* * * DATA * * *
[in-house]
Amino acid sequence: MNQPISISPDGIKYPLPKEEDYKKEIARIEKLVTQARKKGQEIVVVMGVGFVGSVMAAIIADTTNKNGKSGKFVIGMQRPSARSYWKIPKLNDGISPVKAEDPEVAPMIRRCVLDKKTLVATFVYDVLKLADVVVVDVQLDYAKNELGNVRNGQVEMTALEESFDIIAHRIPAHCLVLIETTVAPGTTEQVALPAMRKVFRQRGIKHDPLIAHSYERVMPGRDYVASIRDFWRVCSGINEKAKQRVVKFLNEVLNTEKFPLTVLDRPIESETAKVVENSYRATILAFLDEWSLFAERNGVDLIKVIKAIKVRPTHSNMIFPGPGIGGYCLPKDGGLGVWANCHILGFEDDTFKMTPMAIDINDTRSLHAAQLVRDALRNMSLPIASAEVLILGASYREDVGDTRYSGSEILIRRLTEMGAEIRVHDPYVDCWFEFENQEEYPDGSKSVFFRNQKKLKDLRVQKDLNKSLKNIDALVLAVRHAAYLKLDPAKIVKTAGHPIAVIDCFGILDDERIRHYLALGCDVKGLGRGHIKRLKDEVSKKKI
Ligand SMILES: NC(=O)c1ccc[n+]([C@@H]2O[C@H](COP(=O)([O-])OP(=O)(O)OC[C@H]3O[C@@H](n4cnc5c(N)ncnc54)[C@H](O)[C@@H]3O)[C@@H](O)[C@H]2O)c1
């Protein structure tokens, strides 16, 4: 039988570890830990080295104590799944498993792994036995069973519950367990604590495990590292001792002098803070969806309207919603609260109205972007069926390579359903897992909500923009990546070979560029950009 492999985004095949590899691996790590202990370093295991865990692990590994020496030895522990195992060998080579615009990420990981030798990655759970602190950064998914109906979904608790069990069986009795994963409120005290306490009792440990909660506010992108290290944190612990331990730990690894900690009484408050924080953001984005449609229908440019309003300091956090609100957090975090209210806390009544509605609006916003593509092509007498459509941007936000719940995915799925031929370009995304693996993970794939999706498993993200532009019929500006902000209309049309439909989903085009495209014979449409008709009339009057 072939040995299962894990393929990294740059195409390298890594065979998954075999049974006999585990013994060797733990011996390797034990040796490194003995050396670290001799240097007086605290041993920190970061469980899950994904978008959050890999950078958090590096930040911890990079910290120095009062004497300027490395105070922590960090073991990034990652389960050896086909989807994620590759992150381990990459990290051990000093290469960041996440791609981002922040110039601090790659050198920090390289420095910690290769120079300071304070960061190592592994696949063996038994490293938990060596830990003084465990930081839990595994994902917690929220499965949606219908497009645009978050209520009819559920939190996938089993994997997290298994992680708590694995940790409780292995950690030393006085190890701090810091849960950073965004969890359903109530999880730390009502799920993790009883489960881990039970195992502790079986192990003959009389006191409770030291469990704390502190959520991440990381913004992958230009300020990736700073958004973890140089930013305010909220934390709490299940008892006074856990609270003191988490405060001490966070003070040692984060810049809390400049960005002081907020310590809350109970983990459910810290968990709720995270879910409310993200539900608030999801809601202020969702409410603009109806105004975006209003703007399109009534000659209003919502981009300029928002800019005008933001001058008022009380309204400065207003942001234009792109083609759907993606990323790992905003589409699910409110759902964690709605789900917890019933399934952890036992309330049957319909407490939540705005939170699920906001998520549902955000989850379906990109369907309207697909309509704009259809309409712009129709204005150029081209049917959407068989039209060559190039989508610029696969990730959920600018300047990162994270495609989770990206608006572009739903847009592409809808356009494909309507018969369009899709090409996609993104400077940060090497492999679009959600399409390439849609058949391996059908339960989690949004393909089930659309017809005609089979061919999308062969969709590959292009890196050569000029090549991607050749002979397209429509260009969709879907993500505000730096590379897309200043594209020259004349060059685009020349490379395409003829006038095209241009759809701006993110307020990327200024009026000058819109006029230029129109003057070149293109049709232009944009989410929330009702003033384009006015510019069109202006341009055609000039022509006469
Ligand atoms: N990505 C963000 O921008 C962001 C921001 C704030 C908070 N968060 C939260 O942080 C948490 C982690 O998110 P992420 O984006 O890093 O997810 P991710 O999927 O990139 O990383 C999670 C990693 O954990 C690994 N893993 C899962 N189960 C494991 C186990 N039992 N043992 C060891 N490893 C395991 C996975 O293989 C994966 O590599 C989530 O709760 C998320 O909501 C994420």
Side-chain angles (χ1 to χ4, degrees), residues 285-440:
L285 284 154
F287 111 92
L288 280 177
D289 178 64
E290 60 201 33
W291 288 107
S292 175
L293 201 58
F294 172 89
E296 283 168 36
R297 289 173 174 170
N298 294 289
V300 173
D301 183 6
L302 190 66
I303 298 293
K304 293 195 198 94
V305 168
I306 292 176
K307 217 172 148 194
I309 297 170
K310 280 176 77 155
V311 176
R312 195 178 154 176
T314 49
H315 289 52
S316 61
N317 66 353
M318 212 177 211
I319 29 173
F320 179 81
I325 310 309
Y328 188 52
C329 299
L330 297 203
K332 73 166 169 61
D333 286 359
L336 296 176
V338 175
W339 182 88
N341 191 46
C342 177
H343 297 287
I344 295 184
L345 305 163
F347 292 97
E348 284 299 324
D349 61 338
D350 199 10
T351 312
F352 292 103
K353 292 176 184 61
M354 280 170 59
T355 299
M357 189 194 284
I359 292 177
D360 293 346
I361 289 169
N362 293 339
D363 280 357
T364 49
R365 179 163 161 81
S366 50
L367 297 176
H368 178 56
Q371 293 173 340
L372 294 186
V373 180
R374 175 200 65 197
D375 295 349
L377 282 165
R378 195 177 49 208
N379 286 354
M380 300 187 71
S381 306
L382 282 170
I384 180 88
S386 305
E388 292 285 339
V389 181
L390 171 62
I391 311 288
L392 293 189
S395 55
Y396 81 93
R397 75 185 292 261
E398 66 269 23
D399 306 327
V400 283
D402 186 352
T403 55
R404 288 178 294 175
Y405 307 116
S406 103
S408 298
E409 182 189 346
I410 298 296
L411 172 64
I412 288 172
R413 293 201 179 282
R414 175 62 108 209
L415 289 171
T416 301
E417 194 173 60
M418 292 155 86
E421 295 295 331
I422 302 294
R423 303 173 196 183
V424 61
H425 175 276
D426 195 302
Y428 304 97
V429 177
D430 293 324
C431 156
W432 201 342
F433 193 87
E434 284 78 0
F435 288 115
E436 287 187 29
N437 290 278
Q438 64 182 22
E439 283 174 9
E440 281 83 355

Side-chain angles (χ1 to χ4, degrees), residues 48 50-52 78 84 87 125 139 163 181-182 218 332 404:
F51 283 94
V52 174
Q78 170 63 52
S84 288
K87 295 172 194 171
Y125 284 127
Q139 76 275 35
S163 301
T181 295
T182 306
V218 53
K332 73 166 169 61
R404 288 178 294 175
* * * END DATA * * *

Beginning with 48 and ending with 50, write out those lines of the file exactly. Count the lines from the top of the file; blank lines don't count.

C342 177
H343 297 287
I344 295 184